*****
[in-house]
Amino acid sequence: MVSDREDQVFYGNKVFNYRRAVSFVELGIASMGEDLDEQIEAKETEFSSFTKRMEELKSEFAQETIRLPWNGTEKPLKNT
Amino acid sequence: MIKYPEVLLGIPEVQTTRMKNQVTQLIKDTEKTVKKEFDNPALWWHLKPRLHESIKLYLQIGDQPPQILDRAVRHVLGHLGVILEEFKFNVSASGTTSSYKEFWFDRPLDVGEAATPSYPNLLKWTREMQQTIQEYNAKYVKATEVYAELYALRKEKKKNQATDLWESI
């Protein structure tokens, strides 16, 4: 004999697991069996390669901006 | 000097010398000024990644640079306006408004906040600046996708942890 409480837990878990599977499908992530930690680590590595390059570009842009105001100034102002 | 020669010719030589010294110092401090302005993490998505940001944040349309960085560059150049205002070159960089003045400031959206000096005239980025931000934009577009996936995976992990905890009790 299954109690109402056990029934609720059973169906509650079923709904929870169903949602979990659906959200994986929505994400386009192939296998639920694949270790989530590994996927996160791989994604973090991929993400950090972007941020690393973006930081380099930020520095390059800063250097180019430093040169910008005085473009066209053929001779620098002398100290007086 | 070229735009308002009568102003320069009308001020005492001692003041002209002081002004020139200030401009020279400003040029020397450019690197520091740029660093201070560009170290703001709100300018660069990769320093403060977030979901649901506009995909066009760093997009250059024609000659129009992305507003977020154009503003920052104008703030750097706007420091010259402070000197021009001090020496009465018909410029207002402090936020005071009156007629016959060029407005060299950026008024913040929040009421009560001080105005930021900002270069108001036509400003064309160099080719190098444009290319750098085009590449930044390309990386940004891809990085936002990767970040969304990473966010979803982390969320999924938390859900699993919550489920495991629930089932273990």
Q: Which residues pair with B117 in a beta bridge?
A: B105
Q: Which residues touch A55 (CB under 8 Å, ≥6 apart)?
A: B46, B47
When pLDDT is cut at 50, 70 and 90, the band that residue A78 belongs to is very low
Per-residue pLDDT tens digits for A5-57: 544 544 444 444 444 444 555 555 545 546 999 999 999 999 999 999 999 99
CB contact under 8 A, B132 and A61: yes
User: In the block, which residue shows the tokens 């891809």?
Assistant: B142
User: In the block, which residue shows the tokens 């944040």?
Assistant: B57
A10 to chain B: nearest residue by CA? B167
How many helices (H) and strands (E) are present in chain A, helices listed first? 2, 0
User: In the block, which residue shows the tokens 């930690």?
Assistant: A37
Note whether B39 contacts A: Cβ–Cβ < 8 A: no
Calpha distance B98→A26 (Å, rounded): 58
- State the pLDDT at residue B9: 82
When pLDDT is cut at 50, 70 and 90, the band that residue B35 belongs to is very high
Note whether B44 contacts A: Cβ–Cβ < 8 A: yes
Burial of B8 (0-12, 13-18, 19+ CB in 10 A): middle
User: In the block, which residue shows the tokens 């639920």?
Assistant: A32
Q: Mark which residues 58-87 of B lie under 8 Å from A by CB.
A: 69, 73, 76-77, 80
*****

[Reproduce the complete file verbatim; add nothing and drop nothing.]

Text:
[in-house]
Amino acid sequence: MVSDREDQVFYGNKVFNYRRAVSFVELGIASMGEDLDEQIEAKETEFSSFTKRMEELKSEFAQETIRLPWNGTEKPLKNT
Amino acid sequence: MIKYPEVLLGIPEVQTTRMKNQVTQLIKDTEKTVKKEFDNPALWWHLKPRLHESIKLYLQIGDQPPQILDRAVRHVLGHLGVILEEFKFNVSASGTTSSYKEFWFDRPLDVGEAATPSYPNLLKWTREMQQTIQEYNAKYVKATEVYAELYALRKEKKKNQATDLWESI
């Protein structure tokens, strides 16, 4: 004999697991069996390669901006 | 000097010398000024990644640079306006408004906040600046996708942890 409480837990878990599977499908992530930690680590590595390059570009842009105001100034102002 | 020669010719030589010294110092401090302005993490998505940001944040349309960085560059150049205002070159960089003045400031959206000096005239980025931000934009577009996936995976992990905890009790 299954109690109402056990029934609720059973169906509650079923709904929870169903949602979990659906959200994986929505994400386009192939296998639920694949270790989530590994996927996160791989994604973090991929993400950090972007941020690393973006930081380099930020520095390059800063250097180019430093040169910008005085473009066209053929001779620098002398100290007086 | 070229735009308002009568102003320069009308001020005492001692003041002209002081002004020139200030401009020279400003040029020397450019690197520091740029660093201070560009170290703001709100300018660069990769320093403060977030979901649901506009995909066009760093997009250059024609000659129009992305507003977020154009503003920052104008703030750097706007420091010259402070000197021009001090020496009465018909410029207002402090936020005071009156007629016959060029407005060299950026008024913040929040009421009560001080105005930021900002270069108001036509400003064309160099080719190098444009290319750098085009590449930044390309990386940004891809990085936002990767970040969304990473966010979803982390969320999924938390859900699993919550489920495991629930089932273990």
Q: Which residues pair with B117 in a beta bridge?
A: B105
Q: Which residues touch A55 (CB under 8 Å, ≥6 apart)?
A: B46, B47
When pLDDT is cut at 50, 70 and 90, the band that residue A78 belongs to is very low
Per-residue pLDDT tens digits for A5-57: 544 544 444 444 444 444 555 555 545 546 999 999 999 999 999 999 999 99
CB contact under 8 A, B132 and A61: yes
User: In the block, which residue shows the tokens 């891809």?
Assistant: B142
User: In the block, which residue shows the tokens 């944040």?
Assistant: B57
A10 to chain B: nearest residue by CA? B167
How many helices (H) and strands (E) are present in chain A, helices listed first? 2, 0
User: In the block, which residue shows the tokens 């930690």?
Assistant: A37
Note whether B39 contacts A: Cβ–Cβ < 8 A: no
Calpha distance B98→A26 (Å, rounded): 58
- State the pLDDT at residue B9: 82
When pLDDT is cut at 50, 70 and 90, the band that residue B35 belongs to is very high
Note whether B44 contacts A: Cβ–Cβ < 8 A: yes
Burial of B8 (0-12, 13-18, 19+ CB in 10 A): middle
User: In the block, which residue shows the tokens 């639920």?
Assistant: A32
Q: Mark which residues 58-87 of B lie under 8 Å from A by CB.
A: 69, 73, 76-77, 80